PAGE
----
Ma’ayan: It was a soul connection. We’d both gone through a stormy period. I had traveled a lot and spent time in Safed on a very healing journey, looking for myself as a person, a Jew, an Israeli, a Canadian, an artist. Alex, who is originally from Connecticut, was also on a journey. When I saw him ... it’s hard to describe, I knew that our souls were connected.

Alex: We both underwent very powerful growth. We arrived in Safed, a very spiritual and ancient city. It was a critical period; we dated and after a few months we became engaged. Now we’ve been married almost a year.

Wait – why didn’t you open the restaurant?

Ma’ayan: We had an opportunity to go to Vietnam for free! We were emissaries at a Chabad House. It wasn’t an easy decision, because we already had a business plan, partners, money. But I said, “I can open a restaurant next year.” In retrospect, it saved us from economic failure because of the coronavirus.

What did you do in Vietnam?

Alex: We were the “nice couple.” We helped Israeli backpackers. I actually spent quite a lot of time in police stations, because Israelis always get into trouble. We were Mom and Dad.

Ma’ayan: We were in Hanoi for four months and spent a few weeks in India. We came back with this [pointing to her stomach]. Another three months and we’ll have a baby.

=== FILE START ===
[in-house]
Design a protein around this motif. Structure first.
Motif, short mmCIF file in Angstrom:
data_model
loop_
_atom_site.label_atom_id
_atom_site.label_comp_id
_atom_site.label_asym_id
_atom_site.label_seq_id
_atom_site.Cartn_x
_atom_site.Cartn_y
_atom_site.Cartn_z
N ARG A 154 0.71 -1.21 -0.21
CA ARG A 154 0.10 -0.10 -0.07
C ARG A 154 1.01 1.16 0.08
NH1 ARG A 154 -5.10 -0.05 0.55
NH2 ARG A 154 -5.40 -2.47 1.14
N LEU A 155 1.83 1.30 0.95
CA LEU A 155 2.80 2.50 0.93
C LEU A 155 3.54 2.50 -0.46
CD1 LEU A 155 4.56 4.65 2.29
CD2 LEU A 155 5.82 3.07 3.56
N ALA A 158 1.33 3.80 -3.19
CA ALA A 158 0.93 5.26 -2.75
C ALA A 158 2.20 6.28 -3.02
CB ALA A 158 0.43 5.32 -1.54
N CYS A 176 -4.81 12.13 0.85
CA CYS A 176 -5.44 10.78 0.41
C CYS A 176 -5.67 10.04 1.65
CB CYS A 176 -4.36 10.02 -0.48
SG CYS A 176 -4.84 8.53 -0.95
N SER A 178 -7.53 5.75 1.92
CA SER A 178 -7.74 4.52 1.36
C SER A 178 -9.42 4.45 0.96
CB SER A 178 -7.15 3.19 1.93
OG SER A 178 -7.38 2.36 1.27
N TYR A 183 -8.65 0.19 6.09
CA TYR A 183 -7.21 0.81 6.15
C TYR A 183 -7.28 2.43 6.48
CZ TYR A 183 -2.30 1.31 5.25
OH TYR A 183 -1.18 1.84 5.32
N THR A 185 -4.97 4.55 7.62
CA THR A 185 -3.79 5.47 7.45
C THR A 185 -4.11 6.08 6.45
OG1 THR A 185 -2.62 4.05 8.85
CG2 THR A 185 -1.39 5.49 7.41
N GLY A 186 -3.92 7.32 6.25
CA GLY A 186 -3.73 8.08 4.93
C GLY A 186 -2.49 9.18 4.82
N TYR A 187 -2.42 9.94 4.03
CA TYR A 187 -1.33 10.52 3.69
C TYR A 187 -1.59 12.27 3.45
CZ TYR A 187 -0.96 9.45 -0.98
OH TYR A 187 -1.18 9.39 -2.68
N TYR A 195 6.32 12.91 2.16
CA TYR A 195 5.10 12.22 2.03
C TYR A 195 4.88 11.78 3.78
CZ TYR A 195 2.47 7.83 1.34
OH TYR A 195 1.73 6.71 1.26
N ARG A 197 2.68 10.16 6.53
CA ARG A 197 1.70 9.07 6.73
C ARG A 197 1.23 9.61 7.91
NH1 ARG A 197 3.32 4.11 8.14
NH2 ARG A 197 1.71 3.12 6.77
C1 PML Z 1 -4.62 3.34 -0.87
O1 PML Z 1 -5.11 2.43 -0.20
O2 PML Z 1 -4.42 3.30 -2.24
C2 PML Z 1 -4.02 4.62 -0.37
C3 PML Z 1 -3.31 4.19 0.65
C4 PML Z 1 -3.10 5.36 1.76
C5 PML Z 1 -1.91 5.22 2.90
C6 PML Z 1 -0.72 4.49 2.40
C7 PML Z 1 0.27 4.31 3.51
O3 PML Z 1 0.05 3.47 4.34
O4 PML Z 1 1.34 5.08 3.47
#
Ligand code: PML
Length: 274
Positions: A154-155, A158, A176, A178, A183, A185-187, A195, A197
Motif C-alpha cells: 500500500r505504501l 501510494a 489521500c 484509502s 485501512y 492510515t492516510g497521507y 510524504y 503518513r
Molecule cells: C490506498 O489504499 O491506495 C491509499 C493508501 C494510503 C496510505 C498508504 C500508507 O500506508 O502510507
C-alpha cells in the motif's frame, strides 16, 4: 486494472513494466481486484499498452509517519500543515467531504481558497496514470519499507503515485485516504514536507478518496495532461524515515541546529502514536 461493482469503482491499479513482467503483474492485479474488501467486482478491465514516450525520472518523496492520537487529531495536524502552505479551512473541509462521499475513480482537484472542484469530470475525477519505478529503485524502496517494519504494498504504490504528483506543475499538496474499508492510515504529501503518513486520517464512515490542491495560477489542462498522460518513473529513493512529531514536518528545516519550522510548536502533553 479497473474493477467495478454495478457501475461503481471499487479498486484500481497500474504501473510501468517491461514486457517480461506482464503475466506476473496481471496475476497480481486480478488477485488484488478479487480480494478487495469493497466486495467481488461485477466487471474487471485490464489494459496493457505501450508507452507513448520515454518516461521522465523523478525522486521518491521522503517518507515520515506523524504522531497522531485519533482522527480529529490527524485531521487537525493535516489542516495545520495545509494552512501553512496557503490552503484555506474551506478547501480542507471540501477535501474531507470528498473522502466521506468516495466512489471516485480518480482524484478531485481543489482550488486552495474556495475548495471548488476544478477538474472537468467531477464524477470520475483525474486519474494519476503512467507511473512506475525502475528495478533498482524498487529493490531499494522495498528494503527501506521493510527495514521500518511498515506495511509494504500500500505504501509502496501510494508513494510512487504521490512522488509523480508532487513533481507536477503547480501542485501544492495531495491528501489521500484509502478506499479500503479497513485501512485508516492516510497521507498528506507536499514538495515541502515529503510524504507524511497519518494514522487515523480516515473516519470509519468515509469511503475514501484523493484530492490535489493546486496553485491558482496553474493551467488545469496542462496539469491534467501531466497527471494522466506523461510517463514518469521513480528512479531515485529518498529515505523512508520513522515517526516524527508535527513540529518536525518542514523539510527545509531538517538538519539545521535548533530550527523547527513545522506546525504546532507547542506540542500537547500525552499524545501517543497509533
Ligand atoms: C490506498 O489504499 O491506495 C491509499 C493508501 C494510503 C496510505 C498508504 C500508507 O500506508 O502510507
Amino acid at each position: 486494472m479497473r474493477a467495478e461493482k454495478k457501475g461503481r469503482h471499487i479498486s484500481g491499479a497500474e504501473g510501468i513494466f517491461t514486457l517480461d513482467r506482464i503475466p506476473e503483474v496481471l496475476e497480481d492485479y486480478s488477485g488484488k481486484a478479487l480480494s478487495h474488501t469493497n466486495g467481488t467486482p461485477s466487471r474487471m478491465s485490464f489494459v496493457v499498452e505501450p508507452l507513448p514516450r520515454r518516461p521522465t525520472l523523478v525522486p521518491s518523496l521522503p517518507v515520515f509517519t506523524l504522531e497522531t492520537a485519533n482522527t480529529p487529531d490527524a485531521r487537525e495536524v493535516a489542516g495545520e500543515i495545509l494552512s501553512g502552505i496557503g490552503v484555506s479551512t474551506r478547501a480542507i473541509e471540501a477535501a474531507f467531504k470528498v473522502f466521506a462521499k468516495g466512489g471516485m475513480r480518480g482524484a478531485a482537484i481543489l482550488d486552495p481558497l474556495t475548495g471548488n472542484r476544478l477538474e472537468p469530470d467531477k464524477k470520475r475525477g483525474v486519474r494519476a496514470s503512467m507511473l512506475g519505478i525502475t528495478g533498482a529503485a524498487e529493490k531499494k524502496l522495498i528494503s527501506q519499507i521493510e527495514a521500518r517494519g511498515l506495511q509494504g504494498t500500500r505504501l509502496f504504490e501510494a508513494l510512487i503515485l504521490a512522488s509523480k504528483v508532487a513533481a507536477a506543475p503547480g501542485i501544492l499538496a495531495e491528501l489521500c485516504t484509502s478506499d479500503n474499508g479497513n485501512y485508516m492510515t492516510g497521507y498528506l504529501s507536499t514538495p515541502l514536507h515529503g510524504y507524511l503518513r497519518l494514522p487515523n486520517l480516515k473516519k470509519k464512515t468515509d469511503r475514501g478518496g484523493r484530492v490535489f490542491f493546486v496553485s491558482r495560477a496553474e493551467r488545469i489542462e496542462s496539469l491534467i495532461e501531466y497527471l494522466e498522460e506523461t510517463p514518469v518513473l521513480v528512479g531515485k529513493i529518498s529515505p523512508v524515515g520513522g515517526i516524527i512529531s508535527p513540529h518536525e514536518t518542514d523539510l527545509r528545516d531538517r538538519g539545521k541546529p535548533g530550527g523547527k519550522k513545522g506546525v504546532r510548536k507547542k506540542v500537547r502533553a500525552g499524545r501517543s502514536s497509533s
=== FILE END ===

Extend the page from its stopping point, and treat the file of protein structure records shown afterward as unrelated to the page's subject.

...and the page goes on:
Ma’ayan: Thanks. It was a surprise. Thanks to Hashem [God]!

What will you do instead of the restaurant?

Ma’ayan: I’m working on plant-based ice cream and writing a book titled “Soul Hacks,” about all kinds of ways to connect with the soul.

Can you give an example?

Let’s say, Shema Yisrael [the Hear, O Israel prayer], which everyone knows. It says, “And thou shalt love the Lord thy God with all thy heart, and with all thy soul, and with all thy might.” Why does it say “hearts” [in Hebrew] and not one heart? The idea is that we have two hearts – a divine heart and a bestial heart; neither is better than the other. The tendency is to be extreme, it’s very difficult to find a balance. We have to remember that the goal is to be part of the world through these two souls in order to love oneself.

Aren’t you a bit young to become a spiritual mentor?

It’s not that I’m telling people what to do, but I believe that I have something to give to the world. I grew up in a Chabad home, where the assumption is that on the day you were born God decided that the world could not continue without you. So I have to use myself and give of what I have to give, regardless of my age.